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aviv as hopes grow for a mediation effort led by the u.n. attorney general. back at home congressional leaders start a fiscal cliff conversation before a post election vacation. will they have anything to be thankful for when everyone gets back to work and the clock really starts ticking? good morning from washington. it's monday, november 19, 2012, and this is "the daily rundown." no, it's not chuck todd. the president is in cambodia this morning, his final stop on a three nation tour of southeast asia. after wrapping up the first trip to myanmar by a sitting u.s. president, chuck joins us now with the latest on the president's trip. >> well, good morning. i'm here in myanmar, a country that just a few years ago was virtually isolated from the world's community and now a united states president has visited the country, barack obama. he made a whirlwind 12 hours count when he landed and touched down he was greeted by a sea of folks here, some of them locals looked spontaneous. some of them uniformed schoolchildren, looked like it was very organized. but throngs of people hoping to catc
marcia fudge lashing out at the critics of u.n. ambassador susan rice suggesting their attacks are sexist and racist. standing right behind her was my next guest, california democratic congresswoman karen bass, who is also a member of the budget and foreign affairs committee. nice enough to wake up this early for us. good morning to you. >> thank you. thanks for having me on. good morning to you as well. >> obviously there is a lot being talked about with susan rice. 97 colleagues wrote a letter to president obama urging him not necessarily to push her nomination forward if it were to come up for secretary of state. do you think that that letter is based on racism and sexism? >> i think there are multiple issues and probably not. and i do think the letter is interesting. we started circulating a letter, too, and within 24 hours got over 60 signatures. and when we get started again, i know we can go above that. it makes no sense to have signature gathering wars from the house when we have no say over the nomination but, you know, i think about it this way. our ambassador who is still the u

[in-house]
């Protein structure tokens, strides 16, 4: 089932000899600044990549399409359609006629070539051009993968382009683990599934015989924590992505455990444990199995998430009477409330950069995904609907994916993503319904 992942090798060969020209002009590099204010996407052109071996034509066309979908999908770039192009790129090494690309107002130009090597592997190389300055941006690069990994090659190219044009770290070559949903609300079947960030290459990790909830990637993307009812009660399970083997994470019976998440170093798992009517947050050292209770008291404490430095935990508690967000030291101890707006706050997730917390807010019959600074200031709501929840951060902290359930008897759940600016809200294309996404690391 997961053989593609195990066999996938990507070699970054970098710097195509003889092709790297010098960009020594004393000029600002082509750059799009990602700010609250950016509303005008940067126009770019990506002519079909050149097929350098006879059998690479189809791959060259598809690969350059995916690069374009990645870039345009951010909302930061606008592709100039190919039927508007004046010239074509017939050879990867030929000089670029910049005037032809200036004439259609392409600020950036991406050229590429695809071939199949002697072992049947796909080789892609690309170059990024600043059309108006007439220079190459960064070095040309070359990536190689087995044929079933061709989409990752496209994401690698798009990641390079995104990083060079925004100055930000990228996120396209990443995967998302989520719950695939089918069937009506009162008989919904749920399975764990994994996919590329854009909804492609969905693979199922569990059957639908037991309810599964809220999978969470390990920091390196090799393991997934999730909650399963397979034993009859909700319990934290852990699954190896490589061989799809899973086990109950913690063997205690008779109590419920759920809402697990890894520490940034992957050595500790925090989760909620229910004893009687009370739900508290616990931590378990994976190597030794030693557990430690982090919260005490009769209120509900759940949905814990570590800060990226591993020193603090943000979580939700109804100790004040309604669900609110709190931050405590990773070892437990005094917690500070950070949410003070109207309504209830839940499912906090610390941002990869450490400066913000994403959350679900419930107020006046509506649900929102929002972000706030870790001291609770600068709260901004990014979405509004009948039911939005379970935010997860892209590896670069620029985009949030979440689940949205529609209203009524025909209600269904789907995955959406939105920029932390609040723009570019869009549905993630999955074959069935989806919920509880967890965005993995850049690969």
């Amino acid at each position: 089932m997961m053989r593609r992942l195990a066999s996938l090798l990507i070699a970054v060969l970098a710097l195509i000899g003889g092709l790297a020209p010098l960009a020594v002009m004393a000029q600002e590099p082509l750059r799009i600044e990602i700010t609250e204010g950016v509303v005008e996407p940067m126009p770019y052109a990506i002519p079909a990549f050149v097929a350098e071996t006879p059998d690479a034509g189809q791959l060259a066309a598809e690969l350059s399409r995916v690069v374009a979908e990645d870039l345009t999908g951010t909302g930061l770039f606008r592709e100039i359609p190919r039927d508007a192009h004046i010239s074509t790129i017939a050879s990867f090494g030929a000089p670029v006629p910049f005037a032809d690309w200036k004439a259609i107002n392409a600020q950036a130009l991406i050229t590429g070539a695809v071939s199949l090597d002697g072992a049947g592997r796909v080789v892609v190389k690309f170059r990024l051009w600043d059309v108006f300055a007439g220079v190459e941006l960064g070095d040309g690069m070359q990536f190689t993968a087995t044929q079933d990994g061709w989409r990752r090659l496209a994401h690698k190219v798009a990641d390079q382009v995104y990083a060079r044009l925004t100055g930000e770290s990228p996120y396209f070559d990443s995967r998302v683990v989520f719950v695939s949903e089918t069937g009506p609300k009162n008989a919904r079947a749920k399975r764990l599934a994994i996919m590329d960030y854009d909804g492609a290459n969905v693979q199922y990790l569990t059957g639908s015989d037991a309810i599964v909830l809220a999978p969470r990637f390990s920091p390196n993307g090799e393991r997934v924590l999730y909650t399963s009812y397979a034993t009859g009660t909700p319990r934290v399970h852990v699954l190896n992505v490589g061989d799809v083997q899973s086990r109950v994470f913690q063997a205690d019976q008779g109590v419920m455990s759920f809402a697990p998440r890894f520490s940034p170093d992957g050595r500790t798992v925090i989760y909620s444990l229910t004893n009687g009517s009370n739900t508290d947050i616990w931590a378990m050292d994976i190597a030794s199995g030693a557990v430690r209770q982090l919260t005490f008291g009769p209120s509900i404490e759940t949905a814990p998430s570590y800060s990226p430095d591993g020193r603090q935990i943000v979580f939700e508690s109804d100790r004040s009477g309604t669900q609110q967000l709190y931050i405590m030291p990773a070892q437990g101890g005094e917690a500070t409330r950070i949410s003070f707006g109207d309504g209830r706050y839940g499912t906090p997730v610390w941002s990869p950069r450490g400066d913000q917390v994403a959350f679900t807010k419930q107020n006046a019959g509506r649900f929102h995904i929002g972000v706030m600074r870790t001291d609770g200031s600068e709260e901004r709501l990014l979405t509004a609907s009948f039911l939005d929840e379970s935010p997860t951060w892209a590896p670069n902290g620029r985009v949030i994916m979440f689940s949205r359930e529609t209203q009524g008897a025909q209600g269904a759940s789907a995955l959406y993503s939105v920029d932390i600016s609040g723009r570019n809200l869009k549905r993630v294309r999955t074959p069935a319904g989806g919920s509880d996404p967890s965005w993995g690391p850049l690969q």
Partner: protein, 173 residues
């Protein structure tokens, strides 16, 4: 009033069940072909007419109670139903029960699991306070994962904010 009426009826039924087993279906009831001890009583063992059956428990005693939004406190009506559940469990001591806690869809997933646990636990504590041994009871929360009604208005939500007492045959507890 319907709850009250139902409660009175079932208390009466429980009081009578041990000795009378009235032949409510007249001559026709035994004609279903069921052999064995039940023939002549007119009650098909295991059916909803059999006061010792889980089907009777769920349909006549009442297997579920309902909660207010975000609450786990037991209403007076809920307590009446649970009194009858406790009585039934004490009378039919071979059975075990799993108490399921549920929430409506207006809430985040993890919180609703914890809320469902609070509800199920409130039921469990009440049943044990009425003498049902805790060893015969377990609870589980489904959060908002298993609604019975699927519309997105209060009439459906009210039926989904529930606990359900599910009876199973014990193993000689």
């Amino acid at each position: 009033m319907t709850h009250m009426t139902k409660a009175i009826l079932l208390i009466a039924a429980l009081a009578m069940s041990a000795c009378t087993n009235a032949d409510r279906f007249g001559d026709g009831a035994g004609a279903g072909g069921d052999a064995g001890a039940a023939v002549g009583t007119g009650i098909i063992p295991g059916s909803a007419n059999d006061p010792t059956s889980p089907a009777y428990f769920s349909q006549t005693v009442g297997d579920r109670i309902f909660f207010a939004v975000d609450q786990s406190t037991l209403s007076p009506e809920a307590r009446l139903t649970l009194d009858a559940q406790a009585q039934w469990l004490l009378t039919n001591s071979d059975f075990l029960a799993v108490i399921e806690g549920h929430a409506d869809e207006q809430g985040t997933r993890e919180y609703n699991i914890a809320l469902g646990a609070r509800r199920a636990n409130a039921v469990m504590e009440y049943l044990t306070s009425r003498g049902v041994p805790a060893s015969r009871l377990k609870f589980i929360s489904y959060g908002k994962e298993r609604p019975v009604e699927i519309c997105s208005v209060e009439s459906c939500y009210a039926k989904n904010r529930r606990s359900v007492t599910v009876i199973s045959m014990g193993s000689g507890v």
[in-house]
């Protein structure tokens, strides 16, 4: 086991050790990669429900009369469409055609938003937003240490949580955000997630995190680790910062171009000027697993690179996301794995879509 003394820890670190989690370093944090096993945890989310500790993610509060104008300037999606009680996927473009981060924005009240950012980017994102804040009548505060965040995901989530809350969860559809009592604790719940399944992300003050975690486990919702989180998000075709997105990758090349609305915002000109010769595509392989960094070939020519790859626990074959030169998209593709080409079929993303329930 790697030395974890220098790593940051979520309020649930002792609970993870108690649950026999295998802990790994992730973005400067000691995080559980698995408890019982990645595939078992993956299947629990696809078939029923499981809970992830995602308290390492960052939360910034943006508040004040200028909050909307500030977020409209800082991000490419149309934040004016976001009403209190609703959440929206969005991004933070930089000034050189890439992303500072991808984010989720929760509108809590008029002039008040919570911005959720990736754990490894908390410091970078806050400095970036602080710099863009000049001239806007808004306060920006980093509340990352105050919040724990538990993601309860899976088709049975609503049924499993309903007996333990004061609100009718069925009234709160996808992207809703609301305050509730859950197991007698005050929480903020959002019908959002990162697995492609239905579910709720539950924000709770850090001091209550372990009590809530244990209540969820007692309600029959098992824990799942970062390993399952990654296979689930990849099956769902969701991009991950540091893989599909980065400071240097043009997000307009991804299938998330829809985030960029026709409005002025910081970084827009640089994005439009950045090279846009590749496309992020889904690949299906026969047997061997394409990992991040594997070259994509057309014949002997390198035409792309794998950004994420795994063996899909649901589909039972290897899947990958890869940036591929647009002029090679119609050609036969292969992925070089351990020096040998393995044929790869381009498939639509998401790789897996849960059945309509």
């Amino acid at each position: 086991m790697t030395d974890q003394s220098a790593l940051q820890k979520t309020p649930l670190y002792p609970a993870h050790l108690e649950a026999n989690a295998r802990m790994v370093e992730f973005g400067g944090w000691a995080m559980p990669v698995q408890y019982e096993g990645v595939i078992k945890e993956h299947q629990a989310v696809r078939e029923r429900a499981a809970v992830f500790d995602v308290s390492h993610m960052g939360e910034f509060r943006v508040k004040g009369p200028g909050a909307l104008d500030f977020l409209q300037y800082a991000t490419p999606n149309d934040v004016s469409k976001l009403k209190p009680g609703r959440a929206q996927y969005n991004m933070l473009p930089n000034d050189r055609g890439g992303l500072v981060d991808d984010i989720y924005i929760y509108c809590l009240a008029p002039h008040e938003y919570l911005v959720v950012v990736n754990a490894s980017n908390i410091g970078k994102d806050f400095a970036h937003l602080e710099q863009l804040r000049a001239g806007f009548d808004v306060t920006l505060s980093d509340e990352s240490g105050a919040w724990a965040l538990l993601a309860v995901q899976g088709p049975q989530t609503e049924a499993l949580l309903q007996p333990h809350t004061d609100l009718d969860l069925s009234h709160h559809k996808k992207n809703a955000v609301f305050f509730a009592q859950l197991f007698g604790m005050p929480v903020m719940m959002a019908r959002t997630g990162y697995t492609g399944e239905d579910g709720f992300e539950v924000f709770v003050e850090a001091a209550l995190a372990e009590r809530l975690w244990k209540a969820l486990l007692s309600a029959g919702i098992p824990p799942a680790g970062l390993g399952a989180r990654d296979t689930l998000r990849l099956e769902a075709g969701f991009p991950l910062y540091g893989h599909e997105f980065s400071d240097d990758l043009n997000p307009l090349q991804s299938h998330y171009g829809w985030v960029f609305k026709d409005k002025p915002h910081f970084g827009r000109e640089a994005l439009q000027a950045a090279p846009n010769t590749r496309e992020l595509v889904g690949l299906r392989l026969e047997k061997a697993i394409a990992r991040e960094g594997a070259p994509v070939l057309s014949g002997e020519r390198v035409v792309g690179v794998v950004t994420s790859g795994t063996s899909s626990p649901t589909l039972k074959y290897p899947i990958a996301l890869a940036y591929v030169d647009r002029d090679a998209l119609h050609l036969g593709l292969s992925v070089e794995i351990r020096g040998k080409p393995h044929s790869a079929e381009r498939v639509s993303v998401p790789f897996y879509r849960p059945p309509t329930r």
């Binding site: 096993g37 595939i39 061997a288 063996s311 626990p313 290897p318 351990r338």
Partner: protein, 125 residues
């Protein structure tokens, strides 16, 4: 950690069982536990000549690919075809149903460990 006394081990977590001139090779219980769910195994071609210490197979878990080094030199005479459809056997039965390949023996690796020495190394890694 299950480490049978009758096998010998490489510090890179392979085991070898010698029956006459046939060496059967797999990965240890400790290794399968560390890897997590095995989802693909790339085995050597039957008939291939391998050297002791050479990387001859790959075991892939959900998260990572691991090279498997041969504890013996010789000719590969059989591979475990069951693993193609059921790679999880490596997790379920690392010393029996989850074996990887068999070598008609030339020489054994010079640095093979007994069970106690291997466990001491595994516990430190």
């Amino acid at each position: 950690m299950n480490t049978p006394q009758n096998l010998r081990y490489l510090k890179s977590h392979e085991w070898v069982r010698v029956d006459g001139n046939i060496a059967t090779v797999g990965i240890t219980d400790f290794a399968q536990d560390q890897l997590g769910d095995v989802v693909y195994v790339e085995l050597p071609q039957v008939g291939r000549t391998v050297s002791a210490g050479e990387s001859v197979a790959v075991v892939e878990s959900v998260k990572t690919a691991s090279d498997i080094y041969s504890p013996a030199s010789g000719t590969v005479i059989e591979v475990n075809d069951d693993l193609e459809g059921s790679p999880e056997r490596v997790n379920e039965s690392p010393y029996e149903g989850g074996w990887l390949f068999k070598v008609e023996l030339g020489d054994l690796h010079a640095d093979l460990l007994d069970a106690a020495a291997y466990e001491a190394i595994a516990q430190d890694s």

writing a letter to president obama opposing the idea of nominating the current u.n. ambassador to the united nations, susan rice, to secretary of state. it feels like on the domestic front we have a fiscal cliff and we're going to work things out, but there's still a lot of kind of opposition and you can hear in mccain's voice a dislike for where the president is heading. what does the republican party do now? cut deals? where do they go? we know where they went after 2008. they unified against obama. it worked for them in 2010. why did it not work in 2012? >> i think both sides will have to consolidate their bases. find out how much leeway each side has. and then they can come to the table and say, all right, can we raise rates or raise are revenue a little bit. can we cut -- how much can we cut entitlements? how much will the two sides be able to give and i think though you see in john boehner and in president obama two people who are willing to work together if they can get the wings, the fringe wings of either side to kind of get onboard and come together. >> you know, one
deal off the ground? one decision facing the president in the next week, will u.n. ambassador susan rice be his nominee to succeed hillary clinton as secretary of state or will it be john kerry? they are the two contenders in the spotlight as it is intensified by republicans. a new wave of protests in cairo as egypt's president expands his power on the heels of helping to broker a ceasefire between israel and hamas. >>> new egyptian leader, same old story for the u.s. relationship? good morning from washington. it's monday, november 26, 2012. this is "the daily rundown." i'm chuck todd. welcome back from the long break. let's get right to my first reads of the morning. congressional leaders return to washington this week and with just 36 days left to avert the so-called fiscal cliff becoming more apparent that senate republicans want a deal and they would like one pretty quick. but while there may be a bi-p t bipartisan consensus to raise taxes on the wealthy, the sides are still far apart on where the revenue will come from. staff level negotiations are a little bit more than stal
Search Results 0 to 3 of about 4

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